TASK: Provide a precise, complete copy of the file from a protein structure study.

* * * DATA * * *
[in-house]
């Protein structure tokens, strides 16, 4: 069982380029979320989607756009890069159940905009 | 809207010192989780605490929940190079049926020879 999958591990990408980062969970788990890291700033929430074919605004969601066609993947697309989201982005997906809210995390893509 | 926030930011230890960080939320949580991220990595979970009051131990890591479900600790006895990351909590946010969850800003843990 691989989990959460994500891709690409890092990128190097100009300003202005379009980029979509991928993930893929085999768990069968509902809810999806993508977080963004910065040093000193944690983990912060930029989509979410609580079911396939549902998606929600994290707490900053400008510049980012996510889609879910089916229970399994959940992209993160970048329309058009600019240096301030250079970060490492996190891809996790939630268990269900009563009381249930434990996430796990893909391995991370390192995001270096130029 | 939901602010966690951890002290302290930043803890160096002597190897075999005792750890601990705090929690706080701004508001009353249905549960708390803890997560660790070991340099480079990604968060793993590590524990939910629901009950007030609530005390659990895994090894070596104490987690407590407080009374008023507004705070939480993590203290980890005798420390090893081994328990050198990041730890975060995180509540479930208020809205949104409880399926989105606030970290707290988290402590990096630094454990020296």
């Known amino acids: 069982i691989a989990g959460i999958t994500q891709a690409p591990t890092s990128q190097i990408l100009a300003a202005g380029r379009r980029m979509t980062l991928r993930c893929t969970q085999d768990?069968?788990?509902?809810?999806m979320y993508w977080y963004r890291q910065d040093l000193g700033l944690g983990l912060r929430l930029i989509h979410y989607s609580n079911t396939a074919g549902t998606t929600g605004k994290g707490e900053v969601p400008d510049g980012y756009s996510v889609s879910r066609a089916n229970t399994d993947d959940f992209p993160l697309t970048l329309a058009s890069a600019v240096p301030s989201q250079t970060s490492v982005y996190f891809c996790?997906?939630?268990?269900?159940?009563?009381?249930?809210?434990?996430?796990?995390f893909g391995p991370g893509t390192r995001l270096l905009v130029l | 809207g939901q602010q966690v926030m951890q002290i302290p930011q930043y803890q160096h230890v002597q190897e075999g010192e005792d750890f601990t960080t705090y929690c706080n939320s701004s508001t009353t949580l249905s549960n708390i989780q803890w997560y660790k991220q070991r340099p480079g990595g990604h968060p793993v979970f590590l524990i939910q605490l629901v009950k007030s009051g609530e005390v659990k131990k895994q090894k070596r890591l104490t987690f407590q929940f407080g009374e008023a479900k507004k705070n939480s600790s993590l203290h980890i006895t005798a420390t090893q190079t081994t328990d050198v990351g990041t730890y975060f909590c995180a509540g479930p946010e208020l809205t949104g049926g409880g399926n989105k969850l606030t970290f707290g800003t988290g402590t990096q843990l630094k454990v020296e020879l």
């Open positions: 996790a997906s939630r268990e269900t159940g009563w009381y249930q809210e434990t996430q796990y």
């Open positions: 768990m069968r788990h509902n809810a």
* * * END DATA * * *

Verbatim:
[in-house]
């Protein structure tokens, strides 16, 4: 069982380029979320989607756009890069159940905009 | 809207010192989780605490929940190079049926020879 999958591990990408980062969970788990890291700033929430074919605004969601066609993947697309989201982005997906809210995390893509 | 926030930011230890960080939320949580991220990595979970009051131990890591479900600790006895990351909590946010969850800003843990 691989989990959460994500891709690409890092990128190097100009300003202005379009980029979509991928993930893929085999768990069968509902809810999806993508977080963004910065040093000193944690983990912060930029989509979410609580079911396939549902998606929600994290707490900053400008510049980012996510889609879910089916229970399994959940992209993160970048329309058009600019240096301030250079970060490492996190891809996790939630268990269900009563009381249930434990996430796990893909391995991370390192995001270096130029 | 939901602010966690951890002290302290930043803890160096002597190897075999005792750890601990705090929690706080701004508001009353249905549960708390803890997560660790070991340099480079990604968060793993590590524990939910629901009950007030609530005390659990895994090894070596104490987690407590407080009374008023507004705070939480993590203290980890005798420390090893081994328990050198990041730890975060995180509540479930208020809205949104409880399926989105606030970290707290988290402590990096630094454990020296």
């Known amino acids: 069982i691989a989990g959460i999958t994500q891709a690409p591990t890092s990128q190097i990408l100009a300003a202005g380029r379009r980029m979509t980062l991928r993930c893929t969970q085999d768990?069968?788990?509902?809810?999806m979320y993508w977080y963004r890291q910065d040093l000193g700033l944690g983990l912060r929430l930029i989509h979410y989607s609580n079911t396939a074919g549902t998606t929600g605004k994290g707490e900053v969601p400008d510049g980012y756009s996510v889609s879910r066609a089916n229970t399994d993947d959940f992209p993160l697309t970048l329309a058009s890069a600019v240096p301030s989201q250079t970060s490492v982005y996190f891809c996790?997906?939630?268990?269900?159940?009563?009381?249930?809210?434990?996430?796990?995390f893909g391995p991370g893509t390192r995001l270096l905009v130029l | 809207g939901q602010q966690v926030m951890q002290i302290p930011q930043y803890q160096h230890v002597q190897e075999g010192e005792d750890f601990t960080t705090y929690c706080n939320s701004s508001t009353t949580l249905s549960n708390i989780q803890w997560y660790k991220q070991r340099p480079g990595g990604h968060p793993v979970f590590l524990i939910q605490l629901v009950k007030s009051g609530e005390v659990k131990k895994q090894k070596r890591l104490t987690f407590q929940f407080g009374e008023a479900k507004k705070n939480s600790s993590l203290h980890i006895t005798a420390t090893q190079t081994t328990d050198v990351g990041t730890y975060f909590c995180a509540g479930p946010e208020l809205t949104g049926g409880g399926n989105k969850l606030t970290f707290g800003t988290g402590t990096q843990l630094k454990v020296e020879l």
């Open positions: 996790a997906s939630r268990e269900t159940g009563w009381y249930q809210e434990t996430q796990y």
């Open positions: 768990m069968r788990h509902n809810a």